With growing support from a host of 114 elected leaders in 58 cities and 10 counties, Mayor Sam Liccardo recently announced that his vision of turning PG&E into a customer-owned utility has received widespread recognition statewide.
Nearly a month after introducing the proposal to the California Public Utilities Commission — which will ultimately decide on the utility’s future — the City Council is expected to adopt a resolution Tuesday in support of the mayor’s plan for a ratepayer takeover of the utility.
The bankrupt company faced intense scrutiny in the last couple of years, after PG&E’s faulty infrastructure sparked massive fires and a statewide power outage earlier this year provoked city leaders to act.
The mayor and his team of supporters are pushing to transform the company into a cooperative that would run like a credit union or mutual insurance corporation, owned by ratepayers. Its nonprofit status would mean it could focus putting dollars into badly needed electrical grid upgrades and infrastructure maintenance.
“I’m proud to stand with 114 leaders representing the majority of Californians served by PG&E to urge that we transform the utility into one run by its customers,” Liccardo said in a Twitter post Thursday. “Today, we released a set of principles that presents a framework for a customer-owned PG&E that is transparent, accountable, and equitable to put the company’s days of underinvestment, mismanagement, and negligence far behind us.”
Still, a plan on meeting those goals are unclear and the troubled utility has a little less than a year to exit bankruptcy and develop a safety plan, ahead of next fall’s wildfire season — or face a statewide takeover.
Although Liccardo has acknowledged that the transition to a customer utility may take years and won’t be an easy feat, the mayor is determined to move forward with the plan as more than 900 customer utilities already exist in the United States, serving at least 19 million customers.
A controversial state law, which allows a court to compel services to severely mentally ill people to undergo treatment, has been widely debated among city leaders, mental health professionals and county officials for years.
But now, a local lawmaker’s vision to enact the law to help the growing number of mentally ill people in need of treatment living on the streets, may soon become a reality in San Jose — a turning point for a city riddled with a growing homeless population.
Laura’s Law, passed in 2002, enables counties to mandate that certain mentally unstable individuals or people who refuse treatment be admitted into an assisted outpatient treatment program. The law applies only to people who have been hospitalized or incarcerated as a result of their mental illness, but city leaders, such as longtime advocate Councilmember Johnny Khamis, say the law can help the growing number of homeless people in San Jose.
“Homelessness has reached the point of crisis in Santa Clara County. There are over 9,706 homeless individuals residing in the county, with this number continuing to grow at an alarming rate,” wrote Khamis and Councilmember Raul Peralez in a joint memo last month. “Laura’s Law and expanding the framework for conservatorship will open up more opportunities for helping the most vulnerable who struggle with mental illness and alcohol or drug addictions.”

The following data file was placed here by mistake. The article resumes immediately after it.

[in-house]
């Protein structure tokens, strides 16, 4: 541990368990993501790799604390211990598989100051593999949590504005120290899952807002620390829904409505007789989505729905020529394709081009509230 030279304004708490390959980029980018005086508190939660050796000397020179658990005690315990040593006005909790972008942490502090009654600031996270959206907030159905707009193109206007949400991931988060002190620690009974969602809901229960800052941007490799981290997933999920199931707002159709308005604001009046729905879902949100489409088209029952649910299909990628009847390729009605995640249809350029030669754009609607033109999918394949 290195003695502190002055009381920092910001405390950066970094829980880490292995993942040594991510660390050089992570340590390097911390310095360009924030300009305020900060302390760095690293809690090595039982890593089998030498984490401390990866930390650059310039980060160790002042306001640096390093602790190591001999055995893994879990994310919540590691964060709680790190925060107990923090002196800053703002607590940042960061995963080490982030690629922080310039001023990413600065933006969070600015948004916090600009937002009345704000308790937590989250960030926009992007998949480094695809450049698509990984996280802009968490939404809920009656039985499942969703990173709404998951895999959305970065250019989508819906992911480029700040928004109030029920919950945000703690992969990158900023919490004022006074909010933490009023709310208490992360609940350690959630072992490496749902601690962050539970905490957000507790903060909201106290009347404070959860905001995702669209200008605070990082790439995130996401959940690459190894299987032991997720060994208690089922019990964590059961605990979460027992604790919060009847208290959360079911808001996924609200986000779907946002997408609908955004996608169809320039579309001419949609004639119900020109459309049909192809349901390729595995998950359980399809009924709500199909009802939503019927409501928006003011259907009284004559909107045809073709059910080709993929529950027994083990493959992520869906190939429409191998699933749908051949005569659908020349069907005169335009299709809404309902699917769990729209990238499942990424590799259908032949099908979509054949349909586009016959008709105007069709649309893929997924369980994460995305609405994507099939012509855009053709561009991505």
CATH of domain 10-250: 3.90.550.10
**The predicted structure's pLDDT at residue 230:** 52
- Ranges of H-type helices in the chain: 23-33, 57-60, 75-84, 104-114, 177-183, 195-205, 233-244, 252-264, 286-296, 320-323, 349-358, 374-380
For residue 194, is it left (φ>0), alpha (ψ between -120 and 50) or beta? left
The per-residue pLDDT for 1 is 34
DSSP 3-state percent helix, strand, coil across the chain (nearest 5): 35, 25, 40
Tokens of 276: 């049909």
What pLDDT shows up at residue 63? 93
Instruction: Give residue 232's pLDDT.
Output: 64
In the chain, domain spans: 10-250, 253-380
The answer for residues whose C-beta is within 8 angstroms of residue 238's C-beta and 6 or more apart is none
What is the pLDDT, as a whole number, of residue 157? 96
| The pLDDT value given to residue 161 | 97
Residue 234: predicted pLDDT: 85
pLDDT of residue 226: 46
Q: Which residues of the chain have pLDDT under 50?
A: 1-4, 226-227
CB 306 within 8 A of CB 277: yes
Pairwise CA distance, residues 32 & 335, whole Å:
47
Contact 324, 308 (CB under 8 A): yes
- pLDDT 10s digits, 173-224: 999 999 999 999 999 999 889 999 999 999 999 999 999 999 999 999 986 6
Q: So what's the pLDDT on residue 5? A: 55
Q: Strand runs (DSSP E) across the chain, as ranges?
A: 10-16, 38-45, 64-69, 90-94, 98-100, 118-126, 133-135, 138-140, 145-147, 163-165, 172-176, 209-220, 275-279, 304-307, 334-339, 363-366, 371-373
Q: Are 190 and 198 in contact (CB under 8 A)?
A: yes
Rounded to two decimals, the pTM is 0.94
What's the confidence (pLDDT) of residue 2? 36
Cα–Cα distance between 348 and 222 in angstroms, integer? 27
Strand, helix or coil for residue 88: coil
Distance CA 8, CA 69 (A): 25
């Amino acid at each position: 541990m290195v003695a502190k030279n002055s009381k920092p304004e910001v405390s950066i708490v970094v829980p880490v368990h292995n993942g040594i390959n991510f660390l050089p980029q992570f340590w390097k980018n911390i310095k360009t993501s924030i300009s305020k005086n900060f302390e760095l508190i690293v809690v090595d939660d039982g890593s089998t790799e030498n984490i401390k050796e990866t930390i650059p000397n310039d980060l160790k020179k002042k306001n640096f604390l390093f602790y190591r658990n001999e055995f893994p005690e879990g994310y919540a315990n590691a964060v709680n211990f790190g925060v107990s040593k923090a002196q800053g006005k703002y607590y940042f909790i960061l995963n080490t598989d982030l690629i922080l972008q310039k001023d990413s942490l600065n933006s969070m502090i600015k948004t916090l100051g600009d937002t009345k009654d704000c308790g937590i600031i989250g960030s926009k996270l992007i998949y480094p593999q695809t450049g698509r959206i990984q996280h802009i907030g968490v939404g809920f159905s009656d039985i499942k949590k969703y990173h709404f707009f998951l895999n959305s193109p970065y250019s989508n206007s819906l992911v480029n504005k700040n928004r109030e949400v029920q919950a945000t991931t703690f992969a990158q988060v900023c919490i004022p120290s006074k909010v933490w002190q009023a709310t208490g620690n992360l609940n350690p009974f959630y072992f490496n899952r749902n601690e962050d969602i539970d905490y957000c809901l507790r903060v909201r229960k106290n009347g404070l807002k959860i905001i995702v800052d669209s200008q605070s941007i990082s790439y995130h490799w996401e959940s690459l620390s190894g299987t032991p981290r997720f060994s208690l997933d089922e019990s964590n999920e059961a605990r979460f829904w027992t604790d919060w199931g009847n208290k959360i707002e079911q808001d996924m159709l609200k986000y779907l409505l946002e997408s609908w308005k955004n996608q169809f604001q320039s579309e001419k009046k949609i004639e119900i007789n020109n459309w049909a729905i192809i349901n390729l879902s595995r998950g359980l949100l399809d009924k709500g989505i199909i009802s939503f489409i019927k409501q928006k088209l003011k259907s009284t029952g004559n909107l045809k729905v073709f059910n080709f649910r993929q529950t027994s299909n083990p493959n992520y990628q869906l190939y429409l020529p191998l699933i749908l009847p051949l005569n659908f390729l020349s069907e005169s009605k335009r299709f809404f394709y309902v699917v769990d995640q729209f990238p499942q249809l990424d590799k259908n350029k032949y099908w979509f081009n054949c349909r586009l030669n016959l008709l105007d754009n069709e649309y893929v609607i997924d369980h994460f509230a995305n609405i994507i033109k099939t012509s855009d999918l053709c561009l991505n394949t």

The City Council on Tuesday will vote to send a letter to the Santa Clara County Board of Supervisors in support of the law before county officials vote on its implementation on Dec. 17.
North San Jose development policy
Following years of frustration over the inability to build new housing in North San Jose, city officials are hopeful that a new state law could help produce thousands of new residential units by removing housing development caps across the state.
For over a decade, San Jose city leaders and planners have aimed to transform North San Jose into a walkable, mixed-use epicenter filled with tens of thousands of new homes, hotels and retail all connected by a light rail line tucked roughly between Highways 237 and 101 and Interstate 880.
But a longstanding legal settlement with the city’s neighbors that phased and capped growth has stalled that vision. Now, the new state law — SB 330 — set to take effect Jan. 1, may lift those barriers for new development by banning housing development caps across the state.
The plan includes 32,000 new homes, 27 million square feet of research and office space, and nearly 3 million square feet of commercial space.
City leaders will discuss the new law and potential update to the North San Jose development policy on Tuesday.
On Tuesday, a little more than a year after Measure T was approved by voters, city leaders will discuss how the funds are being spent on critical infrastructure projects throughout the city.
Measure T, a $650 million bond measure earmarked for public safety, infrastructure and disaster preparedness, was passed by nearly 70 percent of voters last November to fund the repair of at least 300 hundred miles of city roads, renovate and seismically retrofit bridges and build or relocate five new fire stations, among other projects. Half of the funds are being used to repave roads, a relief to San Jose drivers who are fed up with the city’s rough, bumpy roadways.
The funds, which will be spent in phases, will also be used for critical public safety, flood protection, LED lighting and clean water projects. The City Council is also expected to approve the creation of a community oversight committee Tuesday, which will oversee how the funds are being spent.